Take a look around you. The routine of your life has probably coalesced into an arrangement of things – a computer or phone, a mug of tea, a table, a home. These are the things which make up your life. What defines any of them is not only what they are, but what they are made of. They are, themselves, a series of connections between created objects and molecules that make up your world.
What connects them all together in this moment is you.
While humans tend to see the world as a collection of things, what makes those things what they are, and indeed makes them at all, is how they are connected. What makes you is how you are connected as well – to these things, to other people, and to ideas which inform how you perceived them.
All anything is in this world, from the corporeal to the conceptual, is a series of connections.
It’s been a tough week. We survived -22F temperatures in Minnesota, but still have to go about making a living. I’m beat. So please enjoy this repeat from 2010 that I think it still relevant. Thanks!
A complex world where we have just about any information we want at our fingertips isn’t a world that’s limited by the answers. It’s limited by our ability to ask the right questions. That may sound like more sophistry from a wannabe mystic, in case you’re getting tired of my schtick. But if journalism is about connecting people to their world it seems that the ways it is changing are directly related to the size of the world that people have the ability to connect to. That might best be handled by changing the entire approach to news.
How is that economic recovery going? It may not feel like much, given that it’s progressing far more slowly and cautiously than after any other postwar recession. One of the themes we’ve been discussing for over four years is that given that the downturn was of a different kind, the upswing will be different as well. The term offered was “restructuring”, meaning that the economy we’re evolving towards is going to be very different from the one that spent the 2000s sputtering and failing. That takes time and effort.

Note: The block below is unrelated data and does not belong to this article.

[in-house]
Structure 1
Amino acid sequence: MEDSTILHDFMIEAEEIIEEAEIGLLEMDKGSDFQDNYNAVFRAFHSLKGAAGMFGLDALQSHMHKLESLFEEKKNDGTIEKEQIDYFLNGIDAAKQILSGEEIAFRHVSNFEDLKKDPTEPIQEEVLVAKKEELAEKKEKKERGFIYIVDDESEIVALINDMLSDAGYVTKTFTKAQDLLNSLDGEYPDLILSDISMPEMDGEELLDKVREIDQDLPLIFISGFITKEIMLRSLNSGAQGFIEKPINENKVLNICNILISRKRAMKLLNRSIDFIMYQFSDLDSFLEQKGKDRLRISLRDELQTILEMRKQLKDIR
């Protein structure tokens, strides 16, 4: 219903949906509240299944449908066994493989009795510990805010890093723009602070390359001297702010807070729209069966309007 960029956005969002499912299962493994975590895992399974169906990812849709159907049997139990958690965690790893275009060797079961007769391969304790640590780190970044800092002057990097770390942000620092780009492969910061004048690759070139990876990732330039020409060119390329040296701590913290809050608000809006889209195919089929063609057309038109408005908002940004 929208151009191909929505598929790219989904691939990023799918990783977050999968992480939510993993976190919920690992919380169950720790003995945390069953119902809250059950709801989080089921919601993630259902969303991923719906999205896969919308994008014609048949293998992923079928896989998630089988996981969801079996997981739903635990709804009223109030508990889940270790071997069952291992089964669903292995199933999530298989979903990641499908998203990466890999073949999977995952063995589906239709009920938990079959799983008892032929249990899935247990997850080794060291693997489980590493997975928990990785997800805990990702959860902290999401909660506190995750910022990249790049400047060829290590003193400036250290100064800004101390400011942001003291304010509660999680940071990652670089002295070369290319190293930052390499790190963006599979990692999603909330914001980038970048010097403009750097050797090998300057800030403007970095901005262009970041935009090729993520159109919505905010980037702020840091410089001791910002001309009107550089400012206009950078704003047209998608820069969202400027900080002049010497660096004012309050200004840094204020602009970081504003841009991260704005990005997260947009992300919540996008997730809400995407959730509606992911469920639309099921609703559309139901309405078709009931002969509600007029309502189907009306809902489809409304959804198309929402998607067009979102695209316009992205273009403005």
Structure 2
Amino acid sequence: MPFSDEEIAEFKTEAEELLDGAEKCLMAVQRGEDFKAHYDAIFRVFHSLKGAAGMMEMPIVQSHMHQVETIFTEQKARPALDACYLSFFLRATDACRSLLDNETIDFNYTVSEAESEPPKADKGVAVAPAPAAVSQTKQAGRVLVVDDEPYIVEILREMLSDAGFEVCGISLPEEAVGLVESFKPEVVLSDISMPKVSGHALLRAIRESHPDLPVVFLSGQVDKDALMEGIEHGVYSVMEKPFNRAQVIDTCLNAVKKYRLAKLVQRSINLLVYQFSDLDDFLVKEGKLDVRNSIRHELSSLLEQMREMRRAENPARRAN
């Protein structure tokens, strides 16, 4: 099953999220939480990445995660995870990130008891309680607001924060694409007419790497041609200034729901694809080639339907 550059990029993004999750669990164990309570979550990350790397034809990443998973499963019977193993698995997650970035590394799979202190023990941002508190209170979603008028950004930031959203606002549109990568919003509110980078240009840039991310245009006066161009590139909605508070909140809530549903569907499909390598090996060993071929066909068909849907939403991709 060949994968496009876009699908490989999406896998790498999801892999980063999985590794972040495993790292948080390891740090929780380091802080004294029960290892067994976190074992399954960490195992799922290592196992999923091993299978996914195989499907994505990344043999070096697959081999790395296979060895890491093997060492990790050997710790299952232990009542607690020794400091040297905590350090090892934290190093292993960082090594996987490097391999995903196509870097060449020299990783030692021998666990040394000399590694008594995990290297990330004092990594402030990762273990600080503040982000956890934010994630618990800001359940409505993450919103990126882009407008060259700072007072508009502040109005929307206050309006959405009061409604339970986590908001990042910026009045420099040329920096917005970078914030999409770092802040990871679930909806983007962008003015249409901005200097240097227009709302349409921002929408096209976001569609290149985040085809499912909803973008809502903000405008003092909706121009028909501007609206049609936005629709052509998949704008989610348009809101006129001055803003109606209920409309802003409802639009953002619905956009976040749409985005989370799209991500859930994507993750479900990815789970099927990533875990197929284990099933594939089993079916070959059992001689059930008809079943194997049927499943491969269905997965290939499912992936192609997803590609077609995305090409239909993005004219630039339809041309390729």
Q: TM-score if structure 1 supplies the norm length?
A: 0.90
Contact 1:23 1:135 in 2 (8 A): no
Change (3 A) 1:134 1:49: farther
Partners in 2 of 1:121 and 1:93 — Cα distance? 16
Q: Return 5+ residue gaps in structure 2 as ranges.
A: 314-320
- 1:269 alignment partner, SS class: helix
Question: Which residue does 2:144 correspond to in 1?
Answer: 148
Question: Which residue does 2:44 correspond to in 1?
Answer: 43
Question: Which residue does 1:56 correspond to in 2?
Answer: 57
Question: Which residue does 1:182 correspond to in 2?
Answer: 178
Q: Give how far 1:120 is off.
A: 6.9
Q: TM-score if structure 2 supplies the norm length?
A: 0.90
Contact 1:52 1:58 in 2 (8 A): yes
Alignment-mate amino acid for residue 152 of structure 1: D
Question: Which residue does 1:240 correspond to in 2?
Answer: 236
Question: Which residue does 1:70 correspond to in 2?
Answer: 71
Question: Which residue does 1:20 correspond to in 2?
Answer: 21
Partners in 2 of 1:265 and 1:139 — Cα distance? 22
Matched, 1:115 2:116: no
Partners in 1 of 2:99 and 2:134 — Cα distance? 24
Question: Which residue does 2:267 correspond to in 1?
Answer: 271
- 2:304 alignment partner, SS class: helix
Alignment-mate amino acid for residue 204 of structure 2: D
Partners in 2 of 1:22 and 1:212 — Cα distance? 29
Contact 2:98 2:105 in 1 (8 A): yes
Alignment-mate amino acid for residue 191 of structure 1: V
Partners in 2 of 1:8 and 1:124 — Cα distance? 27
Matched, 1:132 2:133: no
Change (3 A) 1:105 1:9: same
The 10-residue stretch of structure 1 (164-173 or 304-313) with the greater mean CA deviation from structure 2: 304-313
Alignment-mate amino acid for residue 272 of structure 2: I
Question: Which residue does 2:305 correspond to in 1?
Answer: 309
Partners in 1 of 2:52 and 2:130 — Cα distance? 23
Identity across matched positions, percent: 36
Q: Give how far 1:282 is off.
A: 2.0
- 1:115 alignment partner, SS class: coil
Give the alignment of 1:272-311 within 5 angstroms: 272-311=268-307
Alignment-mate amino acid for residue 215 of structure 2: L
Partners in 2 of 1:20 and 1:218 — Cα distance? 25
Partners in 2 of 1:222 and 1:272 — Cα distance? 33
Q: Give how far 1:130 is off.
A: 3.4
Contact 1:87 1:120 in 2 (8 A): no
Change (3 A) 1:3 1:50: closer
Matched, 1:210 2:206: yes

The term is starting to catch on outside of Barataria as investors find opportunity in the new industries that are going to grow and prosper in this new world. That’s great progress. But as we’ve noted many times, the real restructuring takes a broader social, political, and legal reformation and agreement that has been woefully slow to develop. Enter Niall Ferguson, a Harvard History Prof and conservative bad boy to offer some new ways of looking at the growing malaise in the developed world in his forthcoming book, “The Great Degeneration: How Institutions Decay and Economies Die.” His points are worth discussing, especially on the left, because they offer some new perspective and potentially more fruitful debates than we’ve been having so far.